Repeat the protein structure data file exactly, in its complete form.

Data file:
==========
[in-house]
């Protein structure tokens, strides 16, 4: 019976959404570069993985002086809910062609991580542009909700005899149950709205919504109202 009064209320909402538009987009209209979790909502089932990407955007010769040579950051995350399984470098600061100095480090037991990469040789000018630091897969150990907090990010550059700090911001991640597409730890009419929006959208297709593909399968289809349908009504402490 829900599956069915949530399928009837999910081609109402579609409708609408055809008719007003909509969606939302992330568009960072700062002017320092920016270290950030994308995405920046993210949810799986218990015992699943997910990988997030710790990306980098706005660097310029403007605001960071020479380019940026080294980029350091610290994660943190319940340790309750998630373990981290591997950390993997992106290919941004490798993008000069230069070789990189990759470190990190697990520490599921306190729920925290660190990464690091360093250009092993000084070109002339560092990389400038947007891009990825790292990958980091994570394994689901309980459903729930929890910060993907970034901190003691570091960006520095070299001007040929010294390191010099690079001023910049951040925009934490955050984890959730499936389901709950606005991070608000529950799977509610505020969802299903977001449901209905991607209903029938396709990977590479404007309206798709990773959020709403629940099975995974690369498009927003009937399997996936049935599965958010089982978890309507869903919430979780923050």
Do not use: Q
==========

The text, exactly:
[in-house]
């Protein structure tokens, strides 16, 4: 019976959404570069993985002086809910062609991580542009909700005899149950709205919504109202 009064209320909402538009987009209209979790909502089932990407955007010769040579950051995350399984470098600061100095480090037991990469040789000018630091897969150990907090990010550059700090911001991640597409730890009419929006959208297709593909399968289809349908009504402490 829900599956069915949530399928009837999910081609109402579609409708609408055809008719007003909509969606939302992330568009960072700062002017320092920016270290950030994308995405920046993210949810799986218990015992699943997910990988997030710790990306980098706005660097310029403007605001960071020479380019940026080294980029350091610290994660943190319940340790309750998630373990981290591997950390993997992106290919941004490798993008000069230069070789990189990759470190990190697990520490599921306190729920925290660190990464690091360093250009092993000084070109002339560092990389400038947007891009990825790292990958980091994570394994689901309980459903729930929890910060993907970034901190003691570091960006520095070299001007040929010294390191010099690079001023910049951040925009934490955050984890959730499936389901709950606005991070608000529950799977509610505020969802299903977001449901209905991607209903029938396709990977590479404007309206798709990773959020709403629940099975995974690369498009927003009937399997996936049935599965958010089982978890309507869903919430979780923050």
Do not use: Q